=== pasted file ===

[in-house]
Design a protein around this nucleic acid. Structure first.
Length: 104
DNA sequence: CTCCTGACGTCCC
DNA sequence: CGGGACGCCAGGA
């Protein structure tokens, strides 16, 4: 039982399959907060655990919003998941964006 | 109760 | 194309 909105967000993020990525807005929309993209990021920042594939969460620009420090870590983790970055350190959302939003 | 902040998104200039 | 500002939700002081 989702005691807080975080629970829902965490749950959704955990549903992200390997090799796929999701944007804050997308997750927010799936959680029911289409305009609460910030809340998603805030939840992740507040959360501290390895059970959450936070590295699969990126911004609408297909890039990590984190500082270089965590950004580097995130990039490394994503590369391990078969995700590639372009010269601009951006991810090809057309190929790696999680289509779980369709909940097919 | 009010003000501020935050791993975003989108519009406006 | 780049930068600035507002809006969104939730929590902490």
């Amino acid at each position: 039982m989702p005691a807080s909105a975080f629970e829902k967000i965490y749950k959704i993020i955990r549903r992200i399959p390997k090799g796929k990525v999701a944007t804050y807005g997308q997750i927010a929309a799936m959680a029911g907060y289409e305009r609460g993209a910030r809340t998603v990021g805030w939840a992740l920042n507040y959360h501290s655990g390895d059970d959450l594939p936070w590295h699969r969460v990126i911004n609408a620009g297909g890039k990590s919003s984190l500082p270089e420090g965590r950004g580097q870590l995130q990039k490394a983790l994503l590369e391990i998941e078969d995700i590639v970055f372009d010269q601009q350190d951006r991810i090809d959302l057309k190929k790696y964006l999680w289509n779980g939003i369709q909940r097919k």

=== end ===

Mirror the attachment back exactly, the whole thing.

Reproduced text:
[in-house]
Design a protein around this nucleic acid. Structure first.
Length: 104
DNA sequence: CTCCTGACGTCCC
DNA sequence: CGGGACGCCAGGA
């Protein structure tokens, strides 16, 4: 039982399959907060655990919003998941964006 | 109760 | 194309 909105967000993020990525807005929309993209990021920042594939969460620009420090870590983790970055350190959302939003 | 902040998104200039 | 500002939700002081 989702005691807080975080629970829902965490749950959704955990549903992200390997090799796929999701944007804050997308997750927010799936959680029911289409305009609460910030809340998603805030939840992740507040959360501290390895059970959450936070590295699969990126911004609408297909890039990590984190500082270089965590950004580097995130990039490394994503590369391990078969995700590639372009010269601009951006991810090809057309190929790696999680289509779980369709909940097919 | 009010003000501020935050791993975003989108519009406006 | 780049930068600035507002809006969104939730929590902490």
């Amino acid at each position: 039982m989702p005691a807080s909105a975080f629970e829902k967000i965490y749950k959704i993020i955990r549903r992200i399959p390997k090799g796929k990525v999701a944007t804050y807005g997308q997750i927010a929309a799936m959680a029911g907060y289409e305009r609460g993209a910030r809340t998603v990021g805030w939840a992740l920042n507040y959360h501290s655990g390895d059970d959450l594939p936070w590295h699969r969460v990126i911004n609408a620009g297909g890039k990590s919003s984190l500082p270089e420090g965590r950004g580097q870590l995130q990039k490394a983790l994503l590369e391990i998941e078969d995700i590639v970055f372009d010269q601009q350190d951006r991810i090809d959302l057309k190929k790696y964006l999680w289509n779980g939003i369709q909940r097919k």